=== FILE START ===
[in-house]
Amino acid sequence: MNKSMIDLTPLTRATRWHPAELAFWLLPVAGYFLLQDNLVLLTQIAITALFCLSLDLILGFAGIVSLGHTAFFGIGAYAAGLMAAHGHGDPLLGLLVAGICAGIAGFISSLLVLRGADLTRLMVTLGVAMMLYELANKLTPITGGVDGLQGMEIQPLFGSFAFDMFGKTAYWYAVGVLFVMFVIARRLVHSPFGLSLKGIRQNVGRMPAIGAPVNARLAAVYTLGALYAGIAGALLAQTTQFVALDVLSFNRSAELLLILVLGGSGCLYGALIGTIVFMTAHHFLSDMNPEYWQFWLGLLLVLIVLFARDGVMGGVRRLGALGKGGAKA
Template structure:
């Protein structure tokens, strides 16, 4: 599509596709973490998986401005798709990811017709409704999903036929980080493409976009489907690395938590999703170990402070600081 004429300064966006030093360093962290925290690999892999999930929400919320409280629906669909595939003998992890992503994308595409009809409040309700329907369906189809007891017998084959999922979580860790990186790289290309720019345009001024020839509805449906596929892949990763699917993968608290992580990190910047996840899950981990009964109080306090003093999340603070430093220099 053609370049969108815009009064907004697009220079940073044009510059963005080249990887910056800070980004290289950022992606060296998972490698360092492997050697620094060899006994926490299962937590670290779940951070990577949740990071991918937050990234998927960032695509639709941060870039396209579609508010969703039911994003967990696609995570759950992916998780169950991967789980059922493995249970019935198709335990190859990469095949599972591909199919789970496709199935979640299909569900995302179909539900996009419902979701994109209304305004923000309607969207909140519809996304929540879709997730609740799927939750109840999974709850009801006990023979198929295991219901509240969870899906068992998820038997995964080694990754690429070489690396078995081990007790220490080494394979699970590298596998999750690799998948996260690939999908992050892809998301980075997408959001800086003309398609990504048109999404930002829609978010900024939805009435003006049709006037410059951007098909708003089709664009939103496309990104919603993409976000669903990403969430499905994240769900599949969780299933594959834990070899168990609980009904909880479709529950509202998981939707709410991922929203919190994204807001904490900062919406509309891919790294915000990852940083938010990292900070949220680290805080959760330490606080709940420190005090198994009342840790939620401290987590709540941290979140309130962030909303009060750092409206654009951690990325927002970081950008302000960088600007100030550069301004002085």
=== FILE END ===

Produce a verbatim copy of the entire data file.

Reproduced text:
[in-house]
Amino acid sequence: MNKSMIDLTPLTRATRWHPAELAFWLLPVAGYFLLQDNLVLLTQIAITALFCLSLDLILGFAGIVSLGHTAFFGIGAYAAGLMAAHGHGDPLLGLLVAGICAGIAGFISSLLVLRGADLTRLMVTLGVAMMLYELANKLTPITGGVDGLQGMEIQPLFGSFAFDMFGKTAYWYAVGVLFVMFVIARRLVHSPFGLSLKGIRQNVGRMPAIGAPVNARLAAVYTLGALYAGIAGALLAQTTQFVALDVLSFNRSAELLLILVLGGSGCLYGALIGTIVFMTAHHFLSDMNPEYWQFWLGLLLVLIVLFARDGVMGGVRRLGALGKGGAKA
Template structure:
């Protein structure tokens, strides 16, 4: 599509596709973490998986401005798709990811017709409704999903036929980080493409976009489907690395938590999703170990402070600081 004429300064966006030093360093962290925290690999892999999930929400919320409280629906669909595939003998992890992503994308595409009809409040309700329907369906189809007891017998084959999922979580860790990186790289290309720019345009001024020839509805449906596929892949990763699917993968608290992580990190910047996840899950981990009964109080306090003093999340603070430093220099 053609370049969108815009009064907004697009220079940073044009510059963005080249990887910056800070980004290289950022992606060296998972490698360092492997050697620094060899006994926490299962937590670290779940951070990577949740990071991918937050990234998927960032695509639709941060870039396209579609508010969703039911994003967990696609995570759950992916998780169950991967789980059922493995249970019935198709335990190859990469095949599972591909199919789970496709199935979640299909569900995302179909539900996009419902979701994109209304305004923000309607969207909140519809996304929540879709997730609740799927939750109840999974709850009801006990023979198929295991219901509240969870899906068992998820038997995964080694990754690429070489690396078995081990007790220490080494394979699970590298596998999750690799998948996260690939999908992050892809998301980075997408959001800086003309398609990504048109999404930002829609978010900024939805009435003006049709006037410059951007098909708003089709664009939103496309990104919603993409976000669903990403969430499905994240769900599949969780299933594959834990070899168990609980009904909880479709529950509202998981939707709410991922929203919190994204807001904490900062919406509309891919790294915000990852940083938010990292900070949220680290805080959760330490606080709940420190005090198994009342840790939620401290987590709540941290979140309130962030909303009060750092409206654009951690990325927002970081950008302000960088600007100030550069301004002085």